AMARANTHE Singer ELIZE RYD Talks About Being An Adrenaline Junkie And The 'Terrifying' Experience Of Going Onstage

AMARANTHE Singer ELIZE RYD Talks About Being An Adrenaline Junkie And The 'Terrifying' Experience Of Going Onstage

AMARANTHE singer Elize Ryd recently appeared on the "Side Jams" podcast to speak with host Bryan Reesman about being an adrenaline junkie, pushing her boundaries, and how that relates to the "terrifying" experience of being onstage. She also expressed interest in other pursuits like dancing, theater, and criminology. A few excerpts follow:

Elize started scuba diving when she was 15:

Elize: "I used to be very interested in extreme sports when I was younger. I was unaware of danger, so I was 35 or 40 meters [115 to 130 feet] underwater. I was doing the advanced scuba diver license. I actually was kind of serious about it. I thought I could do anything. We did these night dives which were kind of scary because you couldn't see anything. It was pitch black. The next step would be rescue diving. I could save other people. But anyways, I was also very busy with the school, like most other kids, and I had some extra jobs. And I live in Gothenburg and don't know anyone here who does scuba diving, so I couldn't really continue with that, unfortunately.

"I still love water. I'm kind of scared of the ocean in general. It's deep, and you don't know what's underneath. When you're in the water and you can actually see everything, that's fine, that's not scary at all, but when you're on the surface and can't see anything that's beneath, that's scary."

Her worst experience underwater happened when she lost her flippers:

Elize: "I wanted to test the boundaries. I was actually not allowed to go any deeper, but I wanted to go deeper even though it was kind of dangerous. And then I lost one of my shoes and could see it disappear, but there was an instructor diving after it. At one point, I pushed the wrong buttons [on my air tank]. I was about to go down, but then I could see the small particles [air bubbles] going down, but that doesn't make sense. Then I was going way too fast up to the surface [and my blood vessels burst]. There was blood all over the water, and I never had that kind of headache. It was kind of scary."

She likes heights:

Elize: "I like exciting things. I also like high jumps [rappelling]. I didn't do bungee jumping yet. I've wanted to do that. But I was climbing in mountains, like 50 meters above the ground. My hair got stuck in those little ropes. That was the most scary part. You push yourself down from the top of the mountain and go straight down. So if the snare would break, you would die. One of my interest is stunts — super scary, extreme things that you wouldn't necessarily imagine girls doing. I like super high heights or super deep, deep, deeps. You get a totally different perspective of everything. There's a whole other world underneath the surface that most people probably don't think about. And then of course, there is a whole world above."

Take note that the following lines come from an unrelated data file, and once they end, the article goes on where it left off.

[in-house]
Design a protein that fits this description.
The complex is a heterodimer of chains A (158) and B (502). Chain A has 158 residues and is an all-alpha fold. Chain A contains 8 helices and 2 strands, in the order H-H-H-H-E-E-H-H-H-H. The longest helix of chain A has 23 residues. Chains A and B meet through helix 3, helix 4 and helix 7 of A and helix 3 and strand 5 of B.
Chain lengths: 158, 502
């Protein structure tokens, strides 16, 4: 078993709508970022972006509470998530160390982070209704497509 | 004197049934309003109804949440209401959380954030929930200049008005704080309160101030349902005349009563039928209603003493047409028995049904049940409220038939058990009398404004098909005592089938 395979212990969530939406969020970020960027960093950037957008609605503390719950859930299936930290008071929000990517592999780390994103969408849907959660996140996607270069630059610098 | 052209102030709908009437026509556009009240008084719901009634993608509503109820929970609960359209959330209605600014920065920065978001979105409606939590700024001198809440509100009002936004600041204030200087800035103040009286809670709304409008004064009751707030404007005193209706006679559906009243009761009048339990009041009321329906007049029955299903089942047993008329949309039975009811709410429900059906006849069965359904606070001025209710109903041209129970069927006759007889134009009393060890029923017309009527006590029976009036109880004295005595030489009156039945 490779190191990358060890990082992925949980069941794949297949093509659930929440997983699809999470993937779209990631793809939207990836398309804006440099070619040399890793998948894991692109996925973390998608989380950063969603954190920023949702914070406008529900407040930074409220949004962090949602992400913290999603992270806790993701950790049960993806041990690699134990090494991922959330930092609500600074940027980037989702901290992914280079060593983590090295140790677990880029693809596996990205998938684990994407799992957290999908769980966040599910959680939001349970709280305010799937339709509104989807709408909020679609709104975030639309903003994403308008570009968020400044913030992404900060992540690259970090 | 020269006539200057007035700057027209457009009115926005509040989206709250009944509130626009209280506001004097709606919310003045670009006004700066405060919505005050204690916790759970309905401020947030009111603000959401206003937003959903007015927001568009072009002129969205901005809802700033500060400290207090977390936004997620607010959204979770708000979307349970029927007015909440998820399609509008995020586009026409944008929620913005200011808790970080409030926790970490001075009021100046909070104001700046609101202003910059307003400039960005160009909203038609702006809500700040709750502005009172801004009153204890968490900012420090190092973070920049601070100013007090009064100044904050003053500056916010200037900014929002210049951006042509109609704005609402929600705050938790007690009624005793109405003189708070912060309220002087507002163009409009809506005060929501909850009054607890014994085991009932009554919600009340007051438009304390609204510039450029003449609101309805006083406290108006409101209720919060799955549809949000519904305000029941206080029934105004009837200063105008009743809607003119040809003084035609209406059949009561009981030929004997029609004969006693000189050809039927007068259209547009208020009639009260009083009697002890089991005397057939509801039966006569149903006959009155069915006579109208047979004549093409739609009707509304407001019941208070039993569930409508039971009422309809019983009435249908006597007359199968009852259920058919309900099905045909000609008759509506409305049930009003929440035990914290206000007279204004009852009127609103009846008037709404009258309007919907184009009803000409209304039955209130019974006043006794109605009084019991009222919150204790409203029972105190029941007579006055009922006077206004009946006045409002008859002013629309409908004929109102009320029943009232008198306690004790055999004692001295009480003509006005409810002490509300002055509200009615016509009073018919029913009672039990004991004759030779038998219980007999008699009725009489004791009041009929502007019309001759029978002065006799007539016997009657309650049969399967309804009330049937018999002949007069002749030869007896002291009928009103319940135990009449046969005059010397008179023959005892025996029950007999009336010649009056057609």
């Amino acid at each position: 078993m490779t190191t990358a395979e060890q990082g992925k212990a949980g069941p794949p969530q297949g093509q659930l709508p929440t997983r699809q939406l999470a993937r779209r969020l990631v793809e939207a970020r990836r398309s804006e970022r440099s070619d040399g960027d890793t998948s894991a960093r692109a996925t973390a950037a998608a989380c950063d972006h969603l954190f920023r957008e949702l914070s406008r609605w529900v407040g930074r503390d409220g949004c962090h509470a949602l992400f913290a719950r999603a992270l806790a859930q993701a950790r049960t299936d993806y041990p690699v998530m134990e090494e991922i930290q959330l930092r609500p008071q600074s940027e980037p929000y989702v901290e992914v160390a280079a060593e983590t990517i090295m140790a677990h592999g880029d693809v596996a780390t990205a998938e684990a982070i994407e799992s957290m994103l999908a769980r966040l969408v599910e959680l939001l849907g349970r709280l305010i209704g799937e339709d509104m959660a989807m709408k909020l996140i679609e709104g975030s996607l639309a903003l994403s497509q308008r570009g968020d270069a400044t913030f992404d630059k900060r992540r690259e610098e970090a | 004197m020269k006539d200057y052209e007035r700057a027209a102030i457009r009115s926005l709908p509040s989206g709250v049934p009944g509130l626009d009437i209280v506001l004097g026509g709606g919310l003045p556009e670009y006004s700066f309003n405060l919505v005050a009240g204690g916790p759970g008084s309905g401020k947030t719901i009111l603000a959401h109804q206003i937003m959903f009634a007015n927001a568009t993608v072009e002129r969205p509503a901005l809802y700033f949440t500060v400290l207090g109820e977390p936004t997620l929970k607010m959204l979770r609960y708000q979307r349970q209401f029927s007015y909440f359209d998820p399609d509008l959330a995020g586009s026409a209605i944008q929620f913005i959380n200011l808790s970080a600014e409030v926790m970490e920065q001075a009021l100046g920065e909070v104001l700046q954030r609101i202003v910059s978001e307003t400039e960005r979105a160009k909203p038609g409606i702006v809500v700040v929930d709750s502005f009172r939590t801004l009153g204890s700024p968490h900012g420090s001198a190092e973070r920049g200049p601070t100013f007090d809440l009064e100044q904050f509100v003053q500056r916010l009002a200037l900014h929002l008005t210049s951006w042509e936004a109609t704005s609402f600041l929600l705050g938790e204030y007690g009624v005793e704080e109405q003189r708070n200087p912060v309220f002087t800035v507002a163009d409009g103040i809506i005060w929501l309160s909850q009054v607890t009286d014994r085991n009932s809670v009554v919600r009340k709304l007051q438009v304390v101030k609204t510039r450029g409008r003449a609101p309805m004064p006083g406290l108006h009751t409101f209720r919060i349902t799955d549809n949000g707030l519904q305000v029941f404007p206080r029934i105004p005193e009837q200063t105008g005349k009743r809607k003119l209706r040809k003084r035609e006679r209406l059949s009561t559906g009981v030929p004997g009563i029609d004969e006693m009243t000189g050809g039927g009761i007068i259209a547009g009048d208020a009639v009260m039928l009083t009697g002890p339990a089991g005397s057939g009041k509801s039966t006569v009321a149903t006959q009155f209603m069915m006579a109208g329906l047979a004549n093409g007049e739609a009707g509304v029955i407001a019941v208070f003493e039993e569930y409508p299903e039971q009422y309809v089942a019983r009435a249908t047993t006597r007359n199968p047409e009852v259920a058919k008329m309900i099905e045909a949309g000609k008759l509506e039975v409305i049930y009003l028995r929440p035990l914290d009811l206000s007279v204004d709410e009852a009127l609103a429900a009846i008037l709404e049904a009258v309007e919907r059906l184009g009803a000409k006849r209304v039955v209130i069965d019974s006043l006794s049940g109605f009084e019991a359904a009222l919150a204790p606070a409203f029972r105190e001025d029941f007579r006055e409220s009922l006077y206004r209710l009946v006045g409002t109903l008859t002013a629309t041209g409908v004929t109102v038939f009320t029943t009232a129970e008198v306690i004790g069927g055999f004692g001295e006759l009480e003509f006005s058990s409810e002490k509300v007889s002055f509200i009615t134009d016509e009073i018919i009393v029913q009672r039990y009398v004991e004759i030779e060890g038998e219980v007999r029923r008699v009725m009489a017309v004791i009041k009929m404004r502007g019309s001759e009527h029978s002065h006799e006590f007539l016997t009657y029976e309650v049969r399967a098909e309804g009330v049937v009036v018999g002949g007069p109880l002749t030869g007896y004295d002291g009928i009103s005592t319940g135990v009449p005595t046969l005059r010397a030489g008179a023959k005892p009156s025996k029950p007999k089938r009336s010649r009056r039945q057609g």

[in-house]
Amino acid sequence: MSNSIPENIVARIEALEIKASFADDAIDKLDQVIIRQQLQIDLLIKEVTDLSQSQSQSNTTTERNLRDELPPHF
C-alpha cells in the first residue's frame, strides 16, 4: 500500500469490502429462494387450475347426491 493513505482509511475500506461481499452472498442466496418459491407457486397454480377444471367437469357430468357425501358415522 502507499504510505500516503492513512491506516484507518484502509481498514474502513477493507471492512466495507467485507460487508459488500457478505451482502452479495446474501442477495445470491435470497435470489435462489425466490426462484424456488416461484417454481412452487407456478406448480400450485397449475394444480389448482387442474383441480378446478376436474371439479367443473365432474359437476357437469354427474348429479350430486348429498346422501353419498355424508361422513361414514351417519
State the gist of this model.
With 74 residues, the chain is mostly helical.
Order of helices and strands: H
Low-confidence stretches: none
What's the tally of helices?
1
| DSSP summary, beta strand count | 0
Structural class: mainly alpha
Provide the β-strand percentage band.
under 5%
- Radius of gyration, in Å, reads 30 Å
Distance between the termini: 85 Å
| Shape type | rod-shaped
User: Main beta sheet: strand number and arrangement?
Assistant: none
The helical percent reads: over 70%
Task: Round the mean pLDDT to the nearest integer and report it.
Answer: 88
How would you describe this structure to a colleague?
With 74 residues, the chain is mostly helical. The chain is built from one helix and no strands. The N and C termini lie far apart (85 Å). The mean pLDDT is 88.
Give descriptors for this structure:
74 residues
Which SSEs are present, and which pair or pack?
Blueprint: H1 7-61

She loves racing on motorbikes and BMX bikes:

Elize: "I was driving a motorcycle on jumps. I just had a little protection on my knees. I ride these Puch Dakota motorbikes, not the real motorcycles on the road. I've been doing that since I was a kid. Actually, I wanted to become a professional BMX cyclist. I practiced everyday when I was a kid until I split open my leg, and I still have a very big scar from that. Then it wasn't fun anymore. I did stop. It was too painful. We also moved, so I didn't have that opportunity anymore to go around. I ruined my bike as well, and I couldn't afford to buy a new one."

She likes being on stage in front of large crowds, but...

Elize: "It's also very scary, I have to say. It's terrifying. That's the good thing. When you constantly go for [facing] fears, you realize that you can survive them. That's kind of a nice feeling. And that's probably what makes me an adrenaline junkie."

AMARANTHE recently released its latest album "Manifest", via Nuclear Blast.

COMMENTS

To comment on a BLABBERMOUTH.NET story or review, you must be logged in to an active personal account on Facebook. Once you're logged in, you will be able to comment. User comments or postings do not reflect the viewpoint of BLABBERMOUTH.NET and BLABBERMOUTH.NET does not endorse, or guarantee the accuracy of, any user comment. To report spam or any abusive, obscene, defamatory, racist, homophobic or threatening comments, or anything that may violate any applicable laws, use the "Report to Facebook" and "Mark as spam" links that appear next to the comments themselves. To do so, click the downward arrow on the top-right corner of the Facebook comment (the arrow is invisible until you roll over it) and select the appropriate action. You can also send an e-mail to blabbermouthinbox(@)gmail.com with pertinent details. BLABBERMOUTH.NET reserves the right to "hide" comments that may be considered offensive, illegal or inappropriate and to "ban" users that violate the site's Terms Of Service. Hidden comments will still appear to the user and to the user's Facebook friends. If a new comment is published from a "banned" user or contains a blacklisted word, this comment will automatically have limited visibility (the "banned" user's comments will only be visible to the user and the user's Facebook friends).